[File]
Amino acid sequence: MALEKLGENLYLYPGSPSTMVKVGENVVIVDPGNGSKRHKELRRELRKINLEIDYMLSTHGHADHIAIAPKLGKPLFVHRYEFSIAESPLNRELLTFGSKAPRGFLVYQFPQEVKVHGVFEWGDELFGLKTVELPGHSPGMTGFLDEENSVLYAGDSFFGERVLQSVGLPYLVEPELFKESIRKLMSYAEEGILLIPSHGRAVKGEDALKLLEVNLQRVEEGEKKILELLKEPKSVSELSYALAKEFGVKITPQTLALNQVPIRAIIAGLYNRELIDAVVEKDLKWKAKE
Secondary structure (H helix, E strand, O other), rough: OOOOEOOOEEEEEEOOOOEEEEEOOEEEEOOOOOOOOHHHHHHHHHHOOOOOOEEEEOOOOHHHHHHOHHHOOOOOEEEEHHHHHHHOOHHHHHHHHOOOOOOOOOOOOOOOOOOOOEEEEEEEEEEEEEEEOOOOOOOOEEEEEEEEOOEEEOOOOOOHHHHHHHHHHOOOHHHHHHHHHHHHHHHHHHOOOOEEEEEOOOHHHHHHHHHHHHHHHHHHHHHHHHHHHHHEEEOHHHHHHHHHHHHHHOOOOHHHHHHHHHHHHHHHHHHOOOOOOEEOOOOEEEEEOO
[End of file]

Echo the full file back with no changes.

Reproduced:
Amino acid sequence: MALEKLGENLYLYPGSPSTMVKVGENVVIVDPGNGSKRHKELRRELRKINLEIDYMLSTHGHADHIAIAPKLGKPLFVHRYEFSIAESPLNRELLTFGSKAPRGFLVYQFPQEVKVHGVFEWGDELFGLKTVELPGHSPGMTGFLDEENSVLYAGDSFFGERVLQSVGLPYLVEPELFKESIRKLMSYAEEGILLIPSHGRAVKGEDALKLLEVNLQRVEEGEKKILELLKEPKSVSELSYALAKEFGVKITPQTLALNQVPIRAIIAGLYNRELIDAVVEKDLKWKAKE
Secondary structure (H helix, E strand, O other), rough: OOOOEOOOEEEEEEOOOOEEEEEOOEEEEOOOOOOOOHHHHHHHHHHOOOOOOEEEEOOOOHHHHHHOHHHOOOOOEEEEHHHHHHHOOHHHHHHHHOOOOOOOOOOOOOOOOOOOOEEEEEEEEEEEEEEEOOOOOOOOEEEEEEEEOOEEEOOOOOOHHHHHHHHHHOOOHHHHHHHHHHHHHHHHHHOOOOEEEEEOOOHHHHHHHHHHHHHHHHHHHHHHHHHHHHHEEEOHHHHHHHHHHHHHHOOOOHHHHHHHHHHHHHHHHHHOOOOOOEEOOOOEEEEEOO